Posted in Essays

On Aging and Time

On Aging and Time Posted on December 3, 2021

How old you are is not how old you are.  Such a cliché.  But clichés are clichés because they’re right…right?

Boy, you look 20 years younger.  You don’t look a day over 35.  Act your age.  He’s got the energy of a 25-year-old.  Age is a matter of the mind, if you don’t mind, it don’t matter.  He’s older than his years.  And on and on…

So how old are you?  And how do you measure it?  Time, it seems, doesn’t do much but pass. But who the heck knows what time is other than a convenient way to measure the ebb and flow of passing…erm…time; a construct we humans came up with to pinpoint moments in a day or tag a particular event with context in the passing of our lives. 

It’s a convenient way to measure passing through the air, walking down the street, driving to work, being late to work.  But it’s comforting because it gives us a frame of reference by which we can measure ourselves against other things, other people, and events we experience or hear about.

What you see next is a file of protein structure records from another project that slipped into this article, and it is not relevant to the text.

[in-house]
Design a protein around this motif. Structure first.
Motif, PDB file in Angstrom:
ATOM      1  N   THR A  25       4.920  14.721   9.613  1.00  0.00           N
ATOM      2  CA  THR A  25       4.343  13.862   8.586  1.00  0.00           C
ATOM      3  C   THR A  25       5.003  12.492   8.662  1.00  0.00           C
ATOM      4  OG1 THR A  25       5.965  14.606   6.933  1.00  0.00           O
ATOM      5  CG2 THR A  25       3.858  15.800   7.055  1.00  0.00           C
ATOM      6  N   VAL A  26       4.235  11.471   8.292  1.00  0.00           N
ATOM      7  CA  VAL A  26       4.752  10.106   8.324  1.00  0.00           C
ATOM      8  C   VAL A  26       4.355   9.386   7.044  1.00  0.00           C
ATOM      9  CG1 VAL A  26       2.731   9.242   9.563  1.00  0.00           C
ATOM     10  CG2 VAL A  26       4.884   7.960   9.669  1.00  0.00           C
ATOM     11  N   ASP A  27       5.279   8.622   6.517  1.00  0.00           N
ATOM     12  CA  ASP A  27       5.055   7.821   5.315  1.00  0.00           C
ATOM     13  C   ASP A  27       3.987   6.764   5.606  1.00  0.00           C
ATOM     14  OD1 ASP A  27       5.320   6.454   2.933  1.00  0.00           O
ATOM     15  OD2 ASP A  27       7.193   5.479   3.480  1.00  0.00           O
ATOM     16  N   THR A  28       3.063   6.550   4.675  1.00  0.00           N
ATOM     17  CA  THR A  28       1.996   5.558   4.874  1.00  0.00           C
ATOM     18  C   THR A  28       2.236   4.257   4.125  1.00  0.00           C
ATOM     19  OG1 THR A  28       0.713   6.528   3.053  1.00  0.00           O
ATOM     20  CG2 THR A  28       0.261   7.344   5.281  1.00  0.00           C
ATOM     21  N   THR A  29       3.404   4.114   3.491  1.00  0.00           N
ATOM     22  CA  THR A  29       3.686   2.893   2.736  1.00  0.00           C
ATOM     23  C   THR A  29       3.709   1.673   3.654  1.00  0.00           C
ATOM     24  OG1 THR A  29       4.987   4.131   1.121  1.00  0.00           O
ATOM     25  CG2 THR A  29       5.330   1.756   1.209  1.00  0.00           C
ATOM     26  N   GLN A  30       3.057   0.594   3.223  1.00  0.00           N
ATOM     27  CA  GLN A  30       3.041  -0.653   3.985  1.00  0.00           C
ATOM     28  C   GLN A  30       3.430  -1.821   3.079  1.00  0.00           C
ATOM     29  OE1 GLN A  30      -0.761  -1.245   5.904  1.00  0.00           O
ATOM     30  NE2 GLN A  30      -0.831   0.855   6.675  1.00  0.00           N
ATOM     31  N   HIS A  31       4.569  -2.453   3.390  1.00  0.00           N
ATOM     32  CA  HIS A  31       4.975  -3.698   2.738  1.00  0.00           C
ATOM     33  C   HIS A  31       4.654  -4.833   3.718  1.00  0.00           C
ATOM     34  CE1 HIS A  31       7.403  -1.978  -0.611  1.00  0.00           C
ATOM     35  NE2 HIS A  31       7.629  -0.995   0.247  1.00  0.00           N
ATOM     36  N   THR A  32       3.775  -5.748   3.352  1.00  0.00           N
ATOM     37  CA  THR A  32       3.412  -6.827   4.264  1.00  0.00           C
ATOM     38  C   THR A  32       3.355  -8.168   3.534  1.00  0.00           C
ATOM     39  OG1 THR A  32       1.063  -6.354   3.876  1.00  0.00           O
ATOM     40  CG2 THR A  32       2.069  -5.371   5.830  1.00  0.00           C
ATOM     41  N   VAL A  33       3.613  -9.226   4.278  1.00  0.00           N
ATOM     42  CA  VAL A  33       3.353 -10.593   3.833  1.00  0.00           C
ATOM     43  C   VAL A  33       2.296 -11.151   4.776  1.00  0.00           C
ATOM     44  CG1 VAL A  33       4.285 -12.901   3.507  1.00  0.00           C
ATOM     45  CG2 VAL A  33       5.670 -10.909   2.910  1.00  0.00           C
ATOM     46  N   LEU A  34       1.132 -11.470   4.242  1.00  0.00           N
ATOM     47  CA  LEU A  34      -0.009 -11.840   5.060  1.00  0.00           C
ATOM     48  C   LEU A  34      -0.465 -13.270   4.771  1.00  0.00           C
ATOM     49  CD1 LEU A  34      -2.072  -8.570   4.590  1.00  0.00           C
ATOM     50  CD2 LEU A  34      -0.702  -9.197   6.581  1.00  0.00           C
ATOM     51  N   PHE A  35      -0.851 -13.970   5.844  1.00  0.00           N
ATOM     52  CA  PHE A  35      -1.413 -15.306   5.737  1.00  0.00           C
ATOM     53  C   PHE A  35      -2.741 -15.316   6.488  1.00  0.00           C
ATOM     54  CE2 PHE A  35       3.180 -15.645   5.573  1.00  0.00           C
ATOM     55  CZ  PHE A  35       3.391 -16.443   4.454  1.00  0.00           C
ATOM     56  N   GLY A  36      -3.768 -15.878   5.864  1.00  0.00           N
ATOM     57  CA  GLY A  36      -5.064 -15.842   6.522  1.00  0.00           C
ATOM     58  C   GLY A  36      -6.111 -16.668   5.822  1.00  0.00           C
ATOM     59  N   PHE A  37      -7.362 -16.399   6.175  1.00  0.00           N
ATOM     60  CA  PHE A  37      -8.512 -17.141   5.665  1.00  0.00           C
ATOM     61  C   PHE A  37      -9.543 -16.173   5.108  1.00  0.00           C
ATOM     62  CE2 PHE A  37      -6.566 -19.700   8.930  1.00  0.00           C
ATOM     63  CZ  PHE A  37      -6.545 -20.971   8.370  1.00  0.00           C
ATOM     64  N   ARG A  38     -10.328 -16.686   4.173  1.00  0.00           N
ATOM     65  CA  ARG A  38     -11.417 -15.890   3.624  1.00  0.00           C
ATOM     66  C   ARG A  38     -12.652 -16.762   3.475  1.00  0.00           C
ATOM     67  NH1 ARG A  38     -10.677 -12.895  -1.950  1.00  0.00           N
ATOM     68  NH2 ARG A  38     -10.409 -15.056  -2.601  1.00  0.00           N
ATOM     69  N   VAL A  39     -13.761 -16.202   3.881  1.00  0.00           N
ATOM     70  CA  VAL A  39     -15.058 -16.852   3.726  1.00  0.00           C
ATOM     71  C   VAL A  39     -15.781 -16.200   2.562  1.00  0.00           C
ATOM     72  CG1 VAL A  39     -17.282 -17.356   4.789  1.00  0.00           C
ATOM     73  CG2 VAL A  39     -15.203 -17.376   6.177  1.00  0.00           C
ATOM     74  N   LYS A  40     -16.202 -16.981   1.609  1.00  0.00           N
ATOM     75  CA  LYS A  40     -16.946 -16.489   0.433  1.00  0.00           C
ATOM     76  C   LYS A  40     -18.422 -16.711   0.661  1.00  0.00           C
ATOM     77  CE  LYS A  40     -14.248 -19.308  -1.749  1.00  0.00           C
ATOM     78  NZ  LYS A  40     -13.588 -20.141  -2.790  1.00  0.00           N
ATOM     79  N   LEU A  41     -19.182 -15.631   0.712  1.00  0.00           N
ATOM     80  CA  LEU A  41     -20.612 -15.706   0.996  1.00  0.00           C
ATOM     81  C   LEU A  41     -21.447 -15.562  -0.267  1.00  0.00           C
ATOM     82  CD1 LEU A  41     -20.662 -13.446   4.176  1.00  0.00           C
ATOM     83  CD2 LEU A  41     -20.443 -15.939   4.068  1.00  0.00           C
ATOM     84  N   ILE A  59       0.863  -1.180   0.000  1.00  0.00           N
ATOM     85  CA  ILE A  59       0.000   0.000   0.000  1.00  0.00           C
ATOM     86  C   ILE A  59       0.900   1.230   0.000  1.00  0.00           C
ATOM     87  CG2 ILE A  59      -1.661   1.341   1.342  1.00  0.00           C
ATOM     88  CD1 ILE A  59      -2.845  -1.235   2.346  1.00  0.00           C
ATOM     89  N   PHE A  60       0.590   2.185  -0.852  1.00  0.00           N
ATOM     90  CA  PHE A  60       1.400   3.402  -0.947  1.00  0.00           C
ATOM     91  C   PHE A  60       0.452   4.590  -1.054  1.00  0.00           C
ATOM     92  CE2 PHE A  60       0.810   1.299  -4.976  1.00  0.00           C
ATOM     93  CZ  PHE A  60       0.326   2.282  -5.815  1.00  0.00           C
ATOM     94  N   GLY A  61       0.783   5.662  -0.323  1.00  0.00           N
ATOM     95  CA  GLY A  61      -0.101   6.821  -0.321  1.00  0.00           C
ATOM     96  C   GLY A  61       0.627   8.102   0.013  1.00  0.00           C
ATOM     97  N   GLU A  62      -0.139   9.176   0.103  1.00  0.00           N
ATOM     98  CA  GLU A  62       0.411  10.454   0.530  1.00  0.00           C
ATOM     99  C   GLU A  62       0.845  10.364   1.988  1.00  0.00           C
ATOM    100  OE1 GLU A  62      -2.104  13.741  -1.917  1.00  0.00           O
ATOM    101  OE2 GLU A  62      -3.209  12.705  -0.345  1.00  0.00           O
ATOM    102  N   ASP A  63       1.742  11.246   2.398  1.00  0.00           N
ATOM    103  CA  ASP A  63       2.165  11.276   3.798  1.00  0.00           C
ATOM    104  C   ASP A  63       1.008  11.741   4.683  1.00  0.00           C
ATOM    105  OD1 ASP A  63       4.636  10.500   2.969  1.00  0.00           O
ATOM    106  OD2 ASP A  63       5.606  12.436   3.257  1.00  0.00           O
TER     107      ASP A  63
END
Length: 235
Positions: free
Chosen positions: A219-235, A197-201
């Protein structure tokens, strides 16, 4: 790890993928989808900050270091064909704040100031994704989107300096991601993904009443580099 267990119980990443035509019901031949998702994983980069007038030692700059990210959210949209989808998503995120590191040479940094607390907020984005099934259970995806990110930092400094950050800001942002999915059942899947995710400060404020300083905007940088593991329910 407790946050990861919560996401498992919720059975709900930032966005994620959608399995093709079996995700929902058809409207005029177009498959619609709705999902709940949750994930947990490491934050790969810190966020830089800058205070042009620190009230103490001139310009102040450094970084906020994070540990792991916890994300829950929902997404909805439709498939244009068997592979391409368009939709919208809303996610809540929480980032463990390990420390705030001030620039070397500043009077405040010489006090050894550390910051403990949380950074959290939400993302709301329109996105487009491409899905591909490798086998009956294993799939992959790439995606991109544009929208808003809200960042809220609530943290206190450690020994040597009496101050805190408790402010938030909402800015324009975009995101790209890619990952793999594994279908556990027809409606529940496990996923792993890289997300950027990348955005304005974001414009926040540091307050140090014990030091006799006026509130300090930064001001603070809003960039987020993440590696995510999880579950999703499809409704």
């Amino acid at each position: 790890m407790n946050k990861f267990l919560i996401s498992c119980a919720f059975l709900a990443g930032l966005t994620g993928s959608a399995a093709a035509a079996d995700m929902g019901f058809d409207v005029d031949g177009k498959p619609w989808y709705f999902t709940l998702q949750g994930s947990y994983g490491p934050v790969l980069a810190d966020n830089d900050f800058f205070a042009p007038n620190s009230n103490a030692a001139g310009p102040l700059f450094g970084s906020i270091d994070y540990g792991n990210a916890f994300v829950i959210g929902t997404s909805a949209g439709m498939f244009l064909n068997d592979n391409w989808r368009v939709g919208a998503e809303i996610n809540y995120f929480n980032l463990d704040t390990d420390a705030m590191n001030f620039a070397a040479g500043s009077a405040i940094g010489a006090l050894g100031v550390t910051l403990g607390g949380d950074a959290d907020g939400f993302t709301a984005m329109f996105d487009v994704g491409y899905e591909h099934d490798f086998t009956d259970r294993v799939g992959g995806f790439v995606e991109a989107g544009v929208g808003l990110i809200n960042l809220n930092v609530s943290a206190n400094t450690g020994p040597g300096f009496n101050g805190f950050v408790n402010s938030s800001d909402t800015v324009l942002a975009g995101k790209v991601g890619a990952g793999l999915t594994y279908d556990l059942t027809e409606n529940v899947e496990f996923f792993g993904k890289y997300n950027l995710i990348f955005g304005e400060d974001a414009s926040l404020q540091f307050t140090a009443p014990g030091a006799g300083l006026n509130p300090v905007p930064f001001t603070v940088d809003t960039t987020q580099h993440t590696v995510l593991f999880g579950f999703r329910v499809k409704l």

So, how old are you?  Really.  Is your mind young?  Is your mind young but your body old?  You can’t keep the body from aging, but you can, most of the time, keep your mind from doing it.  Is your mind old and your body young? (“man, I feel so old.”)  Change that as soon as you can.

We try to keep time/aging at bay but that’s a fool’s errand.   Some mask it with fancy nanotech makeup or substance or snake oil that pretends to do it, but you can always tell.   And the ones who go too far, well, they don’t look normal anymore. 

Those who care less about how they look and care more about how their place in the world matters or at the very least are aware of what that means can shave time from the actual time you’ve spent on the earth.  But in the end, when time runs out and all you can do is look back and determine if it was a life well-lived, hopefully, it is.

Photo by Rod Long